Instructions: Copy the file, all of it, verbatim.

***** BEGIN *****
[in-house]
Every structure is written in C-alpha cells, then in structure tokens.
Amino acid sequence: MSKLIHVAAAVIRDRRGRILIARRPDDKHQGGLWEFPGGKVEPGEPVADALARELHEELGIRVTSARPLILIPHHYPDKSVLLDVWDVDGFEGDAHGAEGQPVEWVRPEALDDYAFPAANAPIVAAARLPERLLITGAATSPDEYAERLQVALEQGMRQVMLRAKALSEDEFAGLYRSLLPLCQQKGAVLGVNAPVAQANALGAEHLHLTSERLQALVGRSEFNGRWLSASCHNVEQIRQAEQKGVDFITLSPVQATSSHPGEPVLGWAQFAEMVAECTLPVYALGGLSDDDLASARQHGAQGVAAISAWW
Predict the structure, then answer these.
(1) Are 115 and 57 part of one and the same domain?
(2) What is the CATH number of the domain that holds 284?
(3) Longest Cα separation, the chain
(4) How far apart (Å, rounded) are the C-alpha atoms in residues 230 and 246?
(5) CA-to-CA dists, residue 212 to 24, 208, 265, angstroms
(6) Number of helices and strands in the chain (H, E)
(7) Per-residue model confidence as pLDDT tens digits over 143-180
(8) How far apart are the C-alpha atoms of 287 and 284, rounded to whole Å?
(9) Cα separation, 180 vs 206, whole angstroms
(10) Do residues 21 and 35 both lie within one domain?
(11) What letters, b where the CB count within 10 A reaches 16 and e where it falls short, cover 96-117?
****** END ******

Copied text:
[in-house]
Every structure is written in C-alpha cells, then in structure tokens.
Amino acid sequence: MSKLIHVAAAVIRDRRGRILIARRPDDKHQGGLWEFPGGKVEPGEPVADALARELHEELGIRVTSARPLILIPHHYPDKSVLLDVWDVDGFEGDAHGAEGQPVEWVRPEALDDYAFPAANAPIVAAARLPERLLITGAATSPDEYAERLQVALEQGMRQVMLRAKALSEDEFAGLYRSLLPLCQQKGAVLGVNAPVAQANALGAEHLHLTSERLQALVGRSEFNGRWLSASCHNVEQIRQAEQKGVDFITLSPVQATSSHPGEPVLGWAQFAEMVAECTLPVYALGGLSDDDLASARQHGAQGVAAISAWW
Predict the structure, then answer these.
(1) Are 115 and 57 part of one and the same domain?
(2) What is the CATH number of the domain that holds 284?
(3) Longest Cα separation, the chain
(4) How far apart (Å, rounded) are the C-alpha atoms in residues 230 and 246?
(5) CA-to-CA dists, residue 212 to 24, 208, 265, angstroms
(6) Number of helices and strands in the chain (H, E)
(7) Per-residue model confidence as pLDDT tens digits over 143-180
(8) How far apart are the C-alpha atoms of 287 and 284, rounded to whole Å?
(9) Cα separation, 180 vs 206, whole angstroms
(10) Do residues 21 and 35 both lie within one domain?
(11) What letters, b where the CB count within 10 A reaches 16 and e where it falls short, cover 96-117?